Making Movies in the Age of the Web: Six Case Studies
In a series of articles, Mike Jones examines the synergetic relationship between film and the web by looking at the internet’s impact on six different movies.
The advent of the internet has fundamentally affected the way we conduct our lives: any and all information is just a click of a button away, mobile devices have made communication instant regardless of where we are, and activities that used to be inconceivable have become commonplace. We are now doing more and with much greater efficiency, both in our personal lives and at work.
In the words of Bill Gates, “Information technology and business are becoming inextricably interwoven. I don't think anybody can talk meaningfully about one without the talking about the other.” In a series of articles for FilmInFocus, Mike Jones investigates the way that web technology has affected the film industry, using case studies of six movies to get a broad perspective of its impact, from an independent documentary all the way up to a souped-up blockbuster. Jones first examines the way the internet can help with the production of a film, by looking at Barry Jenkins’ indie romance Medicine for Melancholy, and a forthcoming Focus Features title, Ang Lee’s Taking Woodstock. The other four articles studies analyze how the web can be utilized for a movie’s promotion, as demonstrated on Stephen Kijack’s music doc Scott Walker: 30 Century Man, Randall Miller’s wine dramedy Bottle Shock, Justin Lin’s revved up Fast & Furious, and another Focus Features title, Gus Van Sant’s Academy Award-winning Milk.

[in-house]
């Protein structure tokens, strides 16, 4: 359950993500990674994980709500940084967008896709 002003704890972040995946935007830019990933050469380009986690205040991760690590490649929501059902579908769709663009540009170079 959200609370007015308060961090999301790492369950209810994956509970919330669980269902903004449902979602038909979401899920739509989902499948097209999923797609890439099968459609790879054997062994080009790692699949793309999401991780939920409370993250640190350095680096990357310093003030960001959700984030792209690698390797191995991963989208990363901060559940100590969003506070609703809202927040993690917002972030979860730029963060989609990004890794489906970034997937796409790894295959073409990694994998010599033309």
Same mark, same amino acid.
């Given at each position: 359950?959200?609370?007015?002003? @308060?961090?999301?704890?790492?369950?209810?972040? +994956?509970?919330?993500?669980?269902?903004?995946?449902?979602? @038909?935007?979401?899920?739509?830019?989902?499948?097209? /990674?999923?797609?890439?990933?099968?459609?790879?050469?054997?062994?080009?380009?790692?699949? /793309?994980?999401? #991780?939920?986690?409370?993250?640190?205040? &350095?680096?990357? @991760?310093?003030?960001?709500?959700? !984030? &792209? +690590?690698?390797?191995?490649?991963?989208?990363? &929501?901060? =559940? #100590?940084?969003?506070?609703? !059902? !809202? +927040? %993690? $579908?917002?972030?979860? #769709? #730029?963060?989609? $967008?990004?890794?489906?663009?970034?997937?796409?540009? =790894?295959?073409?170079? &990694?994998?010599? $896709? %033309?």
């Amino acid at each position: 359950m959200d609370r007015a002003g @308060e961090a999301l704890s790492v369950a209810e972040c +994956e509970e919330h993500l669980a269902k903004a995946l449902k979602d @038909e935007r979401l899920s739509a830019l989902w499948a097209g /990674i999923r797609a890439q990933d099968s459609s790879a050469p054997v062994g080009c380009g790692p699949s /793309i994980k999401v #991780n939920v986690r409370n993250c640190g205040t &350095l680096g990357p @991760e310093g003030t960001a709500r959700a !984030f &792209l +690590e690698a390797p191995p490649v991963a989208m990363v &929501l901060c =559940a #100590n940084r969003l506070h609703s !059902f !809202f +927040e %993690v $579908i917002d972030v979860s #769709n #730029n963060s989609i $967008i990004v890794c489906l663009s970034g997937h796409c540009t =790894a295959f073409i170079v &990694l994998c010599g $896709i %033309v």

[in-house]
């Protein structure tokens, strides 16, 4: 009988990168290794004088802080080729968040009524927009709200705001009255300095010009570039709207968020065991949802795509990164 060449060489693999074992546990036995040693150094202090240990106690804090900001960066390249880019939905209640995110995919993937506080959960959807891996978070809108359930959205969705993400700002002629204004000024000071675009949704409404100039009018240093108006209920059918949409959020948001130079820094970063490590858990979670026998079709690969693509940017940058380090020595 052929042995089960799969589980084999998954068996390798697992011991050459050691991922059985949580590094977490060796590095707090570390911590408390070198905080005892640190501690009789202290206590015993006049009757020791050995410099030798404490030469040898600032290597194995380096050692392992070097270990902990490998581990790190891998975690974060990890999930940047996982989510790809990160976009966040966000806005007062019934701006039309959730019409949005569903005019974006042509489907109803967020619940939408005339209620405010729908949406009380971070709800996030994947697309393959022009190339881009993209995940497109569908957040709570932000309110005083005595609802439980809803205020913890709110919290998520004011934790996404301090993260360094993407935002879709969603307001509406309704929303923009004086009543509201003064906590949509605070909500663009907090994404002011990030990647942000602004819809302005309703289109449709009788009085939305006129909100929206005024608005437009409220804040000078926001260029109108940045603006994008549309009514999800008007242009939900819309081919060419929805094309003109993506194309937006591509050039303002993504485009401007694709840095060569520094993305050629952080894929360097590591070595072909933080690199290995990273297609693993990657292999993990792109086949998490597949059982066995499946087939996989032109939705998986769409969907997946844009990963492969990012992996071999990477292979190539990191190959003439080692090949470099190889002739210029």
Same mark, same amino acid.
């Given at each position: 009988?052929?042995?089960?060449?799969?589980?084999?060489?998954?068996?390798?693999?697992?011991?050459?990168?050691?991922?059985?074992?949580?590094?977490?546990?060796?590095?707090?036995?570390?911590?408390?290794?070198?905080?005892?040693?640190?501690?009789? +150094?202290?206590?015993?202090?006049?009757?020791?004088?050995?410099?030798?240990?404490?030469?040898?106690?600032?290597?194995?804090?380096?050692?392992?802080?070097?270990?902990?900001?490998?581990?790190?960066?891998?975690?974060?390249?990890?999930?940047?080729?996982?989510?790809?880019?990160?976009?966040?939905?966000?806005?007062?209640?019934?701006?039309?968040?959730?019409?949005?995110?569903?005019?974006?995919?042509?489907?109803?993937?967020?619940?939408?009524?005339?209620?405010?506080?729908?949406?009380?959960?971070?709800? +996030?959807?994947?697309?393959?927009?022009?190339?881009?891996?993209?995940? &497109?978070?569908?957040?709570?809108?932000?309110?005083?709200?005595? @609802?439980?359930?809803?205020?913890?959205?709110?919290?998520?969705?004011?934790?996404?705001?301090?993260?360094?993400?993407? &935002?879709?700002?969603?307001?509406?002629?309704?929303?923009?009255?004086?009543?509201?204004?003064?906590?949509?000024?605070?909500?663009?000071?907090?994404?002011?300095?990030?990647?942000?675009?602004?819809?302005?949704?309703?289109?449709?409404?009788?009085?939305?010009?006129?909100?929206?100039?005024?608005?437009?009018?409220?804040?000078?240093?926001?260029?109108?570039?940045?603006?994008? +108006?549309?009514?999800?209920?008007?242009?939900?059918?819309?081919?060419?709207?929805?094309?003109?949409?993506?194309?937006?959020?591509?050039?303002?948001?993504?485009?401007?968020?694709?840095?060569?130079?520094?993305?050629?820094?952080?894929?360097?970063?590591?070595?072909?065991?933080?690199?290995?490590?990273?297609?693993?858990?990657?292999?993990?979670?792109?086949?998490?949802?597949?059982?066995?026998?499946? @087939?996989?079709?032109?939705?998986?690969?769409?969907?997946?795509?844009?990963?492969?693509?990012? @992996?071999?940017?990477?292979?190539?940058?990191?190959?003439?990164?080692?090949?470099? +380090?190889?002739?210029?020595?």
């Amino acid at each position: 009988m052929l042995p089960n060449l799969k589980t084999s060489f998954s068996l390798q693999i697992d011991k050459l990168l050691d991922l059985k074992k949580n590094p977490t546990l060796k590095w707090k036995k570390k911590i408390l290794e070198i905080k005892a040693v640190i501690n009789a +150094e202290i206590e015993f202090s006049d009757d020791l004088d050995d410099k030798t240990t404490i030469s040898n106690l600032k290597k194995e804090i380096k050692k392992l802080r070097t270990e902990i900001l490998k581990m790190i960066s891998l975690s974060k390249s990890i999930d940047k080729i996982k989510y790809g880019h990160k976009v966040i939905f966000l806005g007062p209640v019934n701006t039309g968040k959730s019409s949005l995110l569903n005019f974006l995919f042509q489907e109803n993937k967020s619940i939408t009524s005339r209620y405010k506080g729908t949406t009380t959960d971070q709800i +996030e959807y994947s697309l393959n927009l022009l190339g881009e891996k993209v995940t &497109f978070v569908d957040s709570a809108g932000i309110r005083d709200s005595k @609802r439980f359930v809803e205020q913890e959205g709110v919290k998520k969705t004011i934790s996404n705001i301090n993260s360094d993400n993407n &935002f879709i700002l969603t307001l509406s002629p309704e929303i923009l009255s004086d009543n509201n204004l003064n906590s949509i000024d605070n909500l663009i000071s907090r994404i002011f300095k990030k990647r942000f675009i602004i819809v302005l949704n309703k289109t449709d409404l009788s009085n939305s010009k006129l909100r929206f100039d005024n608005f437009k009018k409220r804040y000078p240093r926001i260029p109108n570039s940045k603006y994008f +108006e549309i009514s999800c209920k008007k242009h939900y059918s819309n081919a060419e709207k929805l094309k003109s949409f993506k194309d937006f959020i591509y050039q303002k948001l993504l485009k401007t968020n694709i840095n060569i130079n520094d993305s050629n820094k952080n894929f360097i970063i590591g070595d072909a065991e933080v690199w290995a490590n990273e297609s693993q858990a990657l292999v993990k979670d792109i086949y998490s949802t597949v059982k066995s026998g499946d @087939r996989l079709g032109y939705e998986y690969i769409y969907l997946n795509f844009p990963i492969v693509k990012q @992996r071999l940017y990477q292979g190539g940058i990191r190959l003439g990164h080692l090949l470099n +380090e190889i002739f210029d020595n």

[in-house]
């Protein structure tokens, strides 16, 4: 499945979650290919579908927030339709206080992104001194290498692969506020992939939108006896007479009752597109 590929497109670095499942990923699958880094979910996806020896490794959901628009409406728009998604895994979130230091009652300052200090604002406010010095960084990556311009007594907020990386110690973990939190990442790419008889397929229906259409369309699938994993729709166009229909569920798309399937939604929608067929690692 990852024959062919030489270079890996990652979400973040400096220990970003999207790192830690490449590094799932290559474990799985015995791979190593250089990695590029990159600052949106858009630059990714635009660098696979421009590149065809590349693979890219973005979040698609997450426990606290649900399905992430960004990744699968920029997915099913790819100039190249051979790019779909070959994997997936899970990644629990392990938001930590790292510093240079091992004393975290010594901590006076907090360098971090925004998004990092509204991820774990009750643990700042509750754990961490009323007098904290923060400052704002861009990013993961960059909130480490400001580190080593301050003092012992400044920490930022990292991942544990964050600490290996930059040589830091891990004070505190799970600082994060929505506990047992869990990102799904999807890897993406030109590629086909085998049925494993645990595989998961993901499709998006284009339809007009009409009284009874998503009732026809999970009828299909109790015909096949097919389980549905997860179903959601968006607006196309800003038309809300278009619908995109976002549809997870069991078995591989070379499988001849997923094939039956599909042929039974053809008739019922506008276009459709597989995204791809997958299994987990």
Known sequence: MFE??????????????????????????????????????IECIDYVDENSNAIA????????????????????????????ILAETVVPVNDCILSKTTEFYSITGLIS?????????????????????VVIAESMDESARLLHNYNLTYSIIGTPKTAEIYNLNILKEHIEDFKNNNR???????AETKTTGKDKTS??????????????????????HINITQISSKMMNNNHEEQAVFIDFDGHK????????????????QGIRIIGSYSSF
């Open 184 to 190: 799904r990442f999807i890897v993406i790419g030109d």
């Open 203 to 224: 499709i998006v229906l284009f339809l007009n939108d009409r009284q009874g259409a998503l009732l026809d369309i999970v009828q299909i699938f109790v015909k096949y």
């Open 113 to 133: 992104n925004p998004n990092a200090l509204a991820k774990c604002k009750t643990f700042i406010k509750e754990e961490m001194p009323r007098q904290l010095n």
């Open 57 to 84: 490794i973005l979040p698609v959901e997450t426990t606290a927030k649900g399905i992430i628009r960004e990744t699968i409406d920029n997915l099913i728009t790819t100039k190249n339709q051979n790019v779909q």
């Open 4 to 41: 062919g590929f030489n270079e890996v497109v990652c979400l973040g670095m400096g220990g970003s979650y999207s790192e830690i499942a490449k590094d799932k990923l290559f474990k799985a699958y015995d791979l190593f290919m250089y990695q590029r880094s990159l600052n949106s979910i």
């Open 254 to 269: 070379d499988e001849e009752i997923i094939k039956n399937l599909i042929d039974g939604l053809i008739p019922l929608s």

Using the internet to put a film together.
To recreate the 60s, filmmakers use 21st century technology.
Find the right fit for subject and audience.
Indie filmmakers find their audience on the web.
Kickin’ it new style.
Universal wants to friend its audience.